How To Give Yourself Paint-Splattered Jackson Pollock Nails


Why not freshen up your nail game — and/or document your Jackson Pollock/Abstract Expressionism fandom — with this DIY manicure that mimics the effect of spattered paint? Like all the best things in life, it looks a hell of a lot more complicated than it actually is. All that stands between you and getting just the right amount of streaky spatter on your fingertips is a little nail polish and a drinking straw.

For this DIY, you’ll need: 1) A base color, and as many feature colors as you want to use. 2) A base coat (I use OPI’s Nail Envy, just ’cause — I don’t happen to think it’s amazing but it gets the job done). 3) A top coat — Sally Hansen’s Insta-Dri is by far the best. 4) Some packing tape or painter’s tape. 5) A couple drinking straws. I stole these from Starbucks and the bar I was at last night. Click any photo to enlarge.

First, prep for your manicure. Many of the things you can do to extend the life of your nail job take place before the first coat is applied — for general at-home manicure tips, check this out. When your nails are ready, apply your base coat and let it dry.

Next, do 1-2 coats of your base color. Don’t worry if it’s a little streaky, because all the spatter will provide plenty of added coverage.

While your base coat is drying, snip the drinking straws into 2-3″ pieces.

Once your first coat is dry, mask off your cuticles with the tape, just like you would an area of wall you didn’t want to paint if you were painting, well, a wall. (You could probably also use a thick coat of Vaseline as a mask.) Painter’s tape is good because it is sticky enough to adhere but you can rip it with your fingers. Protect the surface you’re working on with some newspaper, a paper bag, tin foil, or whatever floats your boat.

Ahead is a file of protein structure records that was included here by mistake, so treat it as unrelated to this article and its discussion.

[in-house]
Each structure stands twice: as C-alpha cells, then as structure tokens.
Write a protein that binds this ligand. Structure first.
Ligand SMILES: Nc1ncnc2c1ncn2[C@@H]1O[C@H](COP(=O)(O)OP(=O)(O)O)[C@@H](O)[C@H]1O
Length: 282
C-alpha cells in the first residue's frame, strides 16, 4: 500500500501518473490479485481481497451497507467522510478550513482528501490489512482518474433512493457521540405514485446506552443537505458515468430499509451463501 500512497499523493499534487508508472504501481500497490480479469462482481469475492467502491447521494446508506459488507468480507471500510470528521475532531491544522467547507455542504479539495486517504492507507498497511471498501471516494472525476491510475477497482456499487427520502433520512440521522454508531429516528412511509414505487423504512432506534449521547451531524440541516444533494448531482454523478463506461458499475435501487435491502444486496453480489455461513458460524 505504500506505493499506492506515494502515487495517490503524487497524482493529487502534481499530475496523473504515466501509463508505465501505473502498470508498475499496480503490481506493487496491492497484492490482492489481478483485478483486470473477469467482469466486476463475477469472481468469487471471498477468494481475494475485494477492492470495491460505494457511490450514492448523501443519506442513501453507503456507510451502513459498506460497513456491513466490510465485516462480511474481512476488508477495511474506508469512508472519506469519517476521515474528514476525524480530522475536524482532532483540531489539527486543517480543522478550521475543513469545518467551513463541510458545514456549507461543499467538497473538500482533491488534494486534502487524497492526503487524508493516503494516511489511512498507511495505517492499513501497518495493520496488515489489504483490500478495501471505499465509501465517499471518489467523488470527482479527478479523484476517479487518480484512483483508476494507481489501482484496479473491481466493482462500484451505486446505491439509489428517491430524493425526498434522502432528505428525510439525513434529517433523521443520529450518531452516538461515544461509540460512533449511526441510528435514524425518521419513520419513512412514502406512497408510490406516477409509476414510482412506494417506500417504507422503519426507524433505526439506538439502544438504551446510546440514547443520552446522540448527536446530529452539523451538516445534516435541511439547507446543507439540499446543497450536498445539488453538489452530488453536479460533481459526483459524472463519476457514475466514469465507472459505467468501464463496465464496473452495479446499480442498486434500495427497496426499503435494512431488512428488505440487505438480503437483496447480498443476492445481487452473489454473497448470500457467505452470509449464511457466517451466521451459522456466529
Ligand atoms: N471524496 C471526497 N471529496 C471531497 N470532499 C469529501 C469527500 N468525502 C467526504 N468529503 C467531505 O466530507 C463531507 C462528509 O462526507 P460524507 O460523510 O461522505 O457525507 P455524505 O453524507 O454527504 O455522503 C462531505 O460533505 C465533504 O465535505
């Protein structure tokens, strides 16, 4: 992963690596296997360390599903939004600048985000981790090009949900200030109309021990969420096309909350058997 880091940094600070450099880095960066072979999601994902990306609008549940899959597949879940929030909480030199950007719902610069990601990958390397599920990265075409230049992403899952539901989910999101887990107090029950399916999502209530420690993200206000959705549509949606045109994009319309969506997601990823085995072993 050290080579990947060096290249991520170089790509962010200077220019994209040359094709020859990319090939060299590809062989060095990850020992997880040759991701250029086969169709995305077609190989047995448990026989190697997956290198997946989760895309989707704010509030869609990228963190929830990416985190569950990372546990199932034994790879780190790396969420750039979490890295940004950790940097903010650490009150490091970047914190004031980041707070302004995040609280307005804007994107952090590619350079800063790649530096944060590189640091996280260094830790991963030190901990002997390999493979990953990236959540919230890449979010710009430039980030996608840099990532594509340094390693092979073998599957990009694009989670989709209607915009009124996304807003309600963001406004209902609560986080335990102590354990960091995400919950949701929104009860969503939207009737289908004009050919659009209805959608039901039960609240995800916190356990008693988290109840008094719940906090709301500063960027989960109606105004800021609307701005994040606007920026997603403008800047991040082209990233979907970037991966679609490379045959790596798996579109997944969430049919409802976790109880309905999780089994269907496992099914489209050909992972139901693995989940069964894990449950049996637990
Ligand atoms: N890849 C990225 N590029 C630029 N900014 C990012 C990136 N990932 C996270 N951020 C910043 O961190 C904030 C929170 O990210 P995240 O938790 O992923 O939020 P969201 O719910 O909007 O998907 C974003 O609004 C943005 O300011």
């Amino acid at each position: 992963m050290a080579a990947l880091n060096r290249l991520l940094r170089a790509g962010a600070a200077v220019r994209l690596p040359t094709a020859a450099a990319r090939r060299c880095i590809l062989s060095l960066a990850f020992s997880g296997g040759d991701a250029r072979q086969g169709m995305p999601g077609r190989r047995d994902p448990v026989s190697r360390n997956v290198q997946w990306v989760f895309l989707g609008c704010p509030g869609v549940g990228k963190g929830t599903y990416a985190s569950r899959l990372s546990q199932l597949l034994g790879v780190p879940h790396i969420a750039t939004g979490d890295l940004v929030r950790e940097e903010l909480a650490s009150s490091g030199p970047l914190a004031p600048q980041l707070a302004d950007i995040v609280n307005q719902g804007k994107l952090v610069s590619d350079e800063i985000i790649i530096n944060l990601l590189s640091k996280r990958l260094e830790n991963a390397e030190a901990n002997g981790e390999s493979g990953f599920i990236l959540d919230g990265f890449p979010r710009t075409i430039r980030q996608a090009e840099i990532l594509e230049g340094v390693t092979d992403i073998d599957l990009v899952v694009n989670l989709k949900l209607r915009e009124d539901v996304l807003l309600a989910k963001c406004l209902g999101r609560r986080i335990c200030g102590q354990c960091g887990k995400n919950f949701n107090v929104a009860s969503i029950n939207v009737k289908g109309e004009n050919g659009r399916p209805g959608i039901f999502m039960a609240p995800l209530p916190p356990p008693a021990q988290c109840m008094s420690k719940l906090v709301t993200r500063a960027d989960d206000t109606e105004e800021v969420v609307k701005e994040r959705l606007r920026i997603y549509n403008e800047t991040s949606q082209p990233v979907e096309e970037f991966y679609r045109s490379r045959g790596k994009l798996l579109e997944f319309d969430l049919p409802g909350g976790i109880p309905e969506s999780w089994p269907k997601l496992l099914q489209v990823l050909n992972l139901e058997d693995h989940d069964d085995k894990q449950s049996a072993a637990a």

Open your first feature color. Wipe off the applicator brush and set it to one side. Dip one end of one of the straws into the color as shown; the nail polish should form a seal across the bottom. (Alternatively, because the top coat we’ll apply later will seal and harden your manicure, you could forego polish for the spatter, and use acrylic paints thinned with a little water.)

Position the straw over your nails, and blow through it. It may take a few tries to get the hang of it — how hard you have to blow, the correct distance from straw to nail, and so forth, will depend on the thickness of your feature colors. (Use a little nail polish thinner to thin the solution if necessary, or, if you are using acrylic paints, water.) Holding your nails farther from the end of the straw results in a smaller pattern, but also increases the area that will be hit when you let rip — so make sure that your newspaper is sufficiently extensive. You can also blow through a clean straw to turn drying spatters into little runnels of color. As the straws get gummed up, it also helps to suck the feature color up into the straw, just gently, before blowing. (Don’t inhale polish fumes if you can help it, and work in a well-ventilated area.)

Switch feature colors, then switch back, then add some base coat spatter if you feel like it, until you like how your nails look. When you’re done, things will be pretty messy looking.

I think my left hand, which I did second, looks a little better than my right; the spatter patterns are generally finer. The right is a little more splotchy. When everything’s done, wait for your nails to be dry to the touch, and carefully peel off the tape. At this stage, either use nail polish remover to clean up your fingers — and your cuticles if any of the spatter has seeped under the tape — and then apply top coat. Alternatively, do the top coat before cleaning up, wait for your manicure to dry completely, and then under warm running water peel the misdirected polish spatter, along with any excess top coat, off your skin.

Ta-da! There are dozens of ways to take this idea — red spatter would be evocative for Halloween, a fine light yellow spatter on a dark base would suggest the night sky, lots of crazy colors would be full-on Pollock, black or navy blue on white would look like ink blots, you could do warm browns for speckled eggshells — but no matter what your fancy, the technique is the same.

If there’s something you’d like to see as a DIY project, you know what to do. In the meantime, to check out past DIYs — including how to turn a T-shirt into a pillow, how to make a fascinator, and how to dye a scarf — click here.

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